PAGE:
* Chad and CNPC disagree over fuel prices
* Plant shuttered repeatedly since opening in June
* CNPC among several Chinese investors in Chad (Adds details)
By Madjiasra Nako
N‘DJAMENA, Jan 24 (Reuters) - Chad has suspended an oil refinery agreement with partner China National Petroleum Corp. and will set up a committee to renegotiate the accord, a government minister told Reuters on Tuesday.
The move escalates a row over fuel prices for the 20,000 barrel per day plant and threatens to chill the central African country’s relationship with Chinese investors, who have earmarked billions of dollars for infrastructure projects.
The refinery produces gasoline and other fuels for the domestic market at prices set by the government, which refinery officials say are too low to cover its crude costs.
“Despite the concessions granted to them by Chad authorities over fuel prices, the Chinese continue to run us around,” Mahamat Allahou Taher, Chad’s minister for trade and industry, said, adding that the government had issued a notice suspending the deal with China’s state-run CNPC.
“An inter-departmental committee will be set up to renegotiate a new agreement,” he said.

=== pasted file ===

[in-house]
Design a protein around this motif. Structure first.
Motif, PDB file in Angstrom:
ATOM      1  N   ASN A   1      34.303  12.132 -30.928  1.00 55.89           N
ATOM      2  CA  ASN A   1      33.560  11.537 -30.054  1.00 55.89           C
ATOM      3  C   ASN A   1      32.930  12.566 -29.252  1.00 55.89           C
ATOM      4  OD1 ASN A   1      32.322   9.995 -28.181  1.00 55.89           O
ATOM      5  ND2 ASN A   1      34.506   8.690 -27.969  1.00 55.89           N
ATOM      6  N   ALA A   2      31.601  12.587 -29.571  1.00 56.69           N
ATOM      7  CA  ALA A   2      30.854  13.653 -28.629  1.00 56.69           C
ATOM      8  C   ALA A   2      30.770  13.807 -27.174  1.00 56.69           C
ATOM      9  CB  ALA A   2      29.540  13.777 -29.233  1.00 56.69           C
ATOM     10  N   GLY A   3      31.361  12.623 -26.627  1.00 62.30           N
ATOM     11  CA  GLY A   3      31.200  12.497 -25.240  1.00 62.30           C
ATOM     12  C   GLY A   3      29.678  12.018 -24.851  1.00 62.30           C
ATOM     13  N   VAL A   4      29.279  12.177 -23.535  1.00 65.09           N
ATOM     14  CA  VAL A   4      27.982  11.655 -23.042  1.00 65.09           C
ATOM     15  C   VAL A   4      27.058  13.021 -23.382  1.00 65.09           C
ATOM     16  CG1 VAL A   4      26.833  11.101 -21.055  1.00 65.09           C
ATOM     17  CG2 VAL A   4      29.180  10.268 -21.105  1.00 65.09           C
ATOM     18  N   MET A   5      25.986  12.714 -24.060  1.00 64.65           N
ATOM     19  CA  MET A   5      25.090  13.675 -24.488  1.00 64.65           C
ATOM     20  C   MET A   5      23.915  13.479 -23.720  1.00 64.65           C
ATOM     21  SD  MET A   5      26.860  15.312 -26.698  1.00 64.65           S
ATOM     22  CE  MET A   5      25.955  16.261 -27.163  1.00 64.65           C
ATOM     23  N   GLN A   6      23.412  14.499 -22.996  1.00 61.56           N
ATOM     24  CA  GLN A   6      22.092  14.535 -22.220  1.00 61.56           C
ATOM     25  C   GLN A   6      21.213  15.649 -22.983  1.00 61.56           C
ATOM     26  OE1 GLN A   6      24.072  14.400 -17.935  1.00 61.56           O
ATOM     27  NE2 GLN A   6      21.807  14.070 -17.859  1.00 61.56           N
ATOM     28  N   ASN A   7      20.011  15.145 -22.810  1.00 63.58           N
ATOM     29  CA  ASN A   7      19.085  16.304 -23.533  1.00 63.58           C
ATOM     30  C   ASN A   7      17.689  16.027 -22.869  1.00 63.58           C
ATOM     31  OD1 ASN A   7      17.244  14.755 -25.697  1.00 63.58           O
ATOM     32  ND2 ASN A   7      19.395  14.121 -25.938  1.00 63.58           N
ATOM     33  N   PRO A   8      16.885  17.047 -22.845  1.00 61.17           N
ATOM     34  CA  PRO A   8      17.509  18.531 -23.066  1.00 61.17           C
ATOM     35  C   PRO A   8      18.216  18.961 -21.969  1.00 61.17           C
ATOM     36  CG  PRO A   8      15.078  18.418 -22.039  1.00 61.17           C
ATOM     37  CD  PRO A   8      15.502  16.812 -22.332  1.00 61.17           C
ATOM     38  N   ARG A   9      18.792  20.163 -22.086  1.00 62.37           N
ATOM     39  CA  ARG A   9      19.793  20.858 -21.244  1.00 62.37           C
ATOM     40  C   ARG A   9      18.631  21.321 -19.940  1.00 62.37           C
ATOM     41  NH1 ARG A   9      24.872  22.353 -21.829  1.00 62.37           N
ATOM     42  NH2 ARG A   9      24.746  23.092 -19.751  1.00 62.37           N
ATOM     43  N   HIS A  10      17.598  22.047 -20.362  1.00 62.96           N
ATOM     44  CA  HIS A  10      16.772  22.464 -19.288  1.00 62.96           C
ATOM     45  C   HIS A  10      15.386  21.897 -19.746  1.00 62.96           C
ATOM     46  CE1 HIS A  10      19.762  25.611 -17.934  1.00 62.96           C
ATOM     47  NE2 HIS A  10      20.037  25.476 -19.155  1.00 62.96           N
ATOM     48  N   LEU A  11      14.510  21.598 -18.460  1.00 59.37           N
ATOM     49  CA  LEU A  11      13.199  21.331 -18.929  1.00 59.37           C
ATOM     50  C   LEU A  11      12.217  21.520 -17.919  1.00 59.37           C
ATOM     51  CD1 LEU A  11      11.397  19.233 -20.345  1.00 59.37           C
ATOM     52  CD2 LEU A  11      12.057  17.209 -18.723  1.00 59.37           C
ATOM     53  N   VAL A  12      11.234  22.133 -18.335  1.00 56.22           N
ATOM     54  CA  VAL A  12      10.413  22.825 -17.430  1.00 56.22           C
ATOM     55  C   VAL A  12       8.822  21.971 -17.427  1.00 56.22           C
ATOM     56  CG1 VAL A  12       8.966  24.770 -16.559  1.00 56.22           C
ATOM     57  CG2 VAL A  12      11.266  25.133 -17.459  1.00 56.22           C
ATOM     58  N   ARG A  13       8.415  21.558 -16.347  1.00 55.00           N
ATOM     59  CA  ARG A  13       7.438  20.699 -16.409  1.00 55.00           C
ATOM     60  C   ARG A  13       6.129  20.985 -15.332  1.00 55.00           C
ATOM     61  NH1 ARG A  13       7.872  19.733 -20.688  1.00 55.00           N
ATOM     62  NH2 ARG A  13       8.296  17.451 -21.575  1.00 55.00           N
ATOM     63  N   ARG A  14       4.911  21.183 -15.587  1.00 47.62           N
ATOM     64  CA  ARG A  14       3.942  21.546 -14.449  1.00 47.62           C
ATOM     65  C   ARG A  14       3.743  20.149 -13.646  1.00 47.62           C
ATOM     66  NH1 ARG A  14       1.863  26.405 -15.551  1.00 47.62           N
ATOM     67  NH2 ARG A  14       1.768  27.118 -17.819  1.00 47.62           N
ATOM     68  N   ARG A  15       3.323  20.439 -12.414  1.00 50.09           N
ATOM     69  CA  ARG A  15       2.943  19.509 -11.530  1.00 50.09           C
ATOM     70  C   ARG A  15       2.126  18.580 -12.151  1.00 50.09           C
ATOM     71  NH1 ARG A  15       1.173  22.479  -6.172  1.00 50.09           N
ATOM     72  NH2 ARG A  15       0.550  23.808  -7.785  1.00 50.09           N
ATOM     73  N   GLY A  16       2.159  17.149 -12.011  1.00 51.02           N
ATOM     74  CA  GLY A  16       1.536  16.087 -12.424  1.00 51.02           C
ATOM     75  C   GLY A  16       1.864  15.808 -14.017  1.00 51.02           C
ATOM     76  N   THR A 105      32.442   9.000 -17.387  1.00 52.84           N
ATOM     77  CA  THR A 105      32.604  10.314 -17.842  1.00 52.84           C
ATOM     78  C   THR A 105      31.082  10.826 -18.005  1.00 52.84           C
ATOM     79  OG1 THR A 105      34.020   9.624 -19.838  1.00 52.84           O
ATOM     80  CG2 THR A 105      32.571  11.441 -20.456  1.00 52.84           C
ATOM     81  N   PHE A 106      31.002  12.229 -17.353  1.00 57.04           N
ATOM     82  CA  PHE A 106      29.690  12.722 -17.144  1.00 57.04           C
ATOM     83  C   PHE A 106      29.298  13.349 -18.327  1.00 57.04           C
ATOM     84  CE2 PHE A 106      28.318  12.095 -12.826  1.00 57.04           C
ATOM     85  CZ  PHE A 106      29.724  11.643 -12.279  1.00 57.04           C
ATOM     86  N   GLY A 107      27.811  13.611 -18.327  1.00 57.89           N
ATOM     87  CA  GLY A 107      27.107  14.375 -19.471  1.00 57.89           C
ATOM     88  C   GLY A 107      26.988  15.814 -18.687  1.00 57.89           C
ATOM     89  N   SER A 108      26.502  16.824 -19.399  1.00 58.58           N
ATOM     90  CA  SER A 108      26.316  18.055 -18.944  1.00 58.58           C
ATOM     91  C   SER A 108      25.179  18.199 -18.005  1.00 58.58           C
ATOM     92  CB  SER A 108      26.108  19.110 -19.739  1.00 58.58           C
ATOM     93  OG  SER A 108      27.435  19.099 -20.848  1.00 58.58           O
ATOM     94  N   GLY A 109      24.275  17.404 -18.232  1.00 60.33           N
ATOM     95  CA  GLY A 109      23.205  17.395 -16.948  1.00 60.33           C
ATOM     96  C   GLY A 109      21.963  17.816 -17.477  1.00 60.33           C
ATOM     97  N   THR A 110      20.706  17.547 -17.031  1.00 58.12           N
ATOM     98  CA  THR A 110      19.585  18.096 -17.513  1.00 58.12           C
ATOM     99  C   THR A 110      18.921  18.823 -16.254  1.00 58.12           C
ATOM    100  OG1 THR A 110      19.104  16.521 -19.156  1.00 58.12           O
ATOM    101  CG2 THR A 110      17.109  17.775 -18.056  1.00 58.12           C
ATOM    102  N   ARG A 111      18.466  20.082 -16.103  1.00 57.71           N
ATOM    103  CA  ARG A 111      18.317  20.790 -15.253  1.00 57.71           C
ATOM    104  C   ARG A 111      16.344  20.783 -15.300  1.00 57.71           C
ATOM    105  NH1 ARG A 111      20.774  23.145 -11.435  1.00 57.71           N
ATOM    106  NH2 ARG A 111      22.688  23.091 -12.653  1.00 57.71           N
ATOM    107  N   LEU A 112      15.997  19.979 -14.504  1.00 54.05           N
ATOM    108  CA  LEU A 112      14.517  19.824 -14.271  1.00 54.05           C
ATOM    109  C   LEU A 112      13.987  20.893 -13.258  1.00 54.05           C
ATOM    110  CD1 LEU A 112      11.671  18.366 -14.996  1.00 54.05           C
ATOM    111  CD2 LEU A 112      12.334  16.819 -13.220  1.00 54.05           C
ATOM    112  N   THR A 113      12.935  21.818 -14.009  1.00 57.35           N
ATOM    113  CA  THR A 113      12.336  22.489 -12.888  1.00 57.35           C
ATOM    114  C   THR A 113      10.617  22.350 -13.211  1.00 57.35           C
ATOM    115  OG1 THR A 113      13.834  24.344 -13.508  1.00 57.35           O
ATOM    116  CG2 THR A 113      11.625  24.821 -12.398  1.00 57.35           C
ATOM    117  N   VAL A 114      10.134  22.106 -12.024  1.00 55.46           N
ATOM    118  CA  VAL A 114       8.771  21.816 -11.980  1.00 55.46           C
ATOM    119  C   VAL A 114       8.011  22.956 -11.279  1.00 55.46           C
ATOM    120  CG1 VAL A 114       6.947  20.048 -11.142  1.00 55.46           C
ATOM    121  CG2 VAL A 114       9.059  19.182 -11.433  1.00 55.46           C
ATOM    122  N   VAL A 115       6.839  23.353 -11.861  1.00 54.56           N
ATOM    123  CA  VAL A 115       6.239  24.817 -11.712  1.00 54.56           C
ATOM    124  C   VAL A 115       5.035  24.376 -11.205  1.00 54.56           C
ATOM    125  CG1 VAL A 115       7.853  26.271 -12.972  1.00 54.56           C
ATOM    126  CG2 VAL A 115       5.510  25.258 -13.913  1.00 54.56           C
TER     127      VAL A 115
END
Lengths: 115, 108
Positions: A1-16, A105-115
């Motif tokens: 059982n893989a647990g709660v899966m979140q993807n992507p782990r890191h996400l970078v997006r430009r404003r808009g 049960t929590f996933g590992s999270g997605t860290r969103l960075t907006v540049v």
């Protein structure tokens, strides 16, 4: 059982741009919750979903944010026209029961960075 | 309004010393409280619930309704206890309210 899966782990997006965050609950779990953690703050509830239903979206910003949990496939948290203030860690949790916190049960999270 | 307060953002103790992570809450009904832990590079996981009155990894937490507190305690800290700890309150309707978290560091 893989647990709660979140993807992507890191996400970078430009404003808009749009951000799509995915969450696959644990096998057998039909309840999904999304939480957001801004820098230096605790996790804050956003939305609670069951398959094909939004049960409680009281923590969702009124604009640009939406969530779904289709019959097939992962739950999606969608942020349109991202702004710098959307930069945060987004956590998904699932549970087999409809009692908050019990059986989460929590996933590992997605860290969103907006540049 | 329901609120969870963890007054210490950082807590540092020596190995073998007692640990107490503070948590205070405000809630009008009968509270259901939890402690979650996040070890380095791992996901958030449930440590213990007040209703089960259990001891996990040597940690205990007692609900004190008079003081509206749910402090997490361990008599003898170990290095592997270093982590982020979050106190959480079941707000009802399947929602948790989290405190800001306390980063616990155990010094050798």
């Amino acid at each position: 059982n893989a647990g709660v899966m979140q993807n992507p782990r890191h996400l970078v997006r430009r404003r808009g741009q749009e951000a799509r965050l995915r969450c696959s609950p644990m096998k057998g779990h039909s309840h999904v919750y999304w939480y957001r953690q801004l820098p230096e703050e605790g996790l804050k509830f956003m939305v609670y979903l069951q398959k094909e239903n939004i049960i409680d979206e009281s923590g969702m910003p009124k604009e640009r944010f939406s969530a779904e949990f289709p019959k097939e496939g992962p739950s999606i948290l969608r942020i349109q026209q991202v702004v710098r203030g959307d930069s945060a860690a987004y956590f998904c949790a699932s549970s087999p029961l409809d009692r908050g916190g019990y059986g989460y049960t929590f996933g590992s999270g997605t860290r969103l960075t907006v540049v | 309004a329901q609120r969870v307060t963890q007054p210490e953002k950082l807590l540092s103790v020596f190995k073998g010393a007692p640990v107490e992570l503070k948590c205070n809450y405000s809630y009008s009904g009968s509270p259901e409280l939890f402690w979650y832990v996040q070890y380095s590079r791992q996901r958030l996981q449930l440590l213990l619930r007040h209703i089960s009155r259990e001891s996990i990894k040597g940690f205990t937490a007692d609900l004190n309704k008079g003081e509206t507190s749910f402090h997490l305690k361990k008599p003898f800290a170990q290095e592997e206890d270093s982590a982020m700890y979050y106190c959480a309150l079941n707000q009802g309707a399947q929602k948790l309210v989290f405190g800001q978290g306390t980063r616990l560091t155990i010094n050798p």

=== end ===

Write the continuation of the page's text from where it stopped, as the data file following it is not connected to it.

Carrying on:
The refinery, 60 percent owned by CNPC, has been idled intermittently since it was inaugurated in June due to the disagreement over fuel prices.
The disruptions have caused fuel shortages in the country, and petrol is now being rationed.
The 588 million euro ($758 million) refinery, which is 40 percent owned by Chad state firm SHT, has lost $4.77 million since it opened, CNPC has said. A CNPC official was not immediately available to comment on Monday.
Chad announced last week it had shuttered the refinery and would expel the plant’s Chinese director.
The row comes after the announcement of more than $8 billion worth of investments in Chad by Chinese companies last year.
Chad said in April it had signed a $1 billion accord with China CAMC Engineering Co for the construction of an international airport. State-run China Civil Engineering Construction Corporation (CCECC) won a $7.5 billion contract to build a railway, Chad’s government said in March. (Reporting by Madjiasra Nako; Writing by Richard Valdmanis and David Lewis, editing by Jane Baird)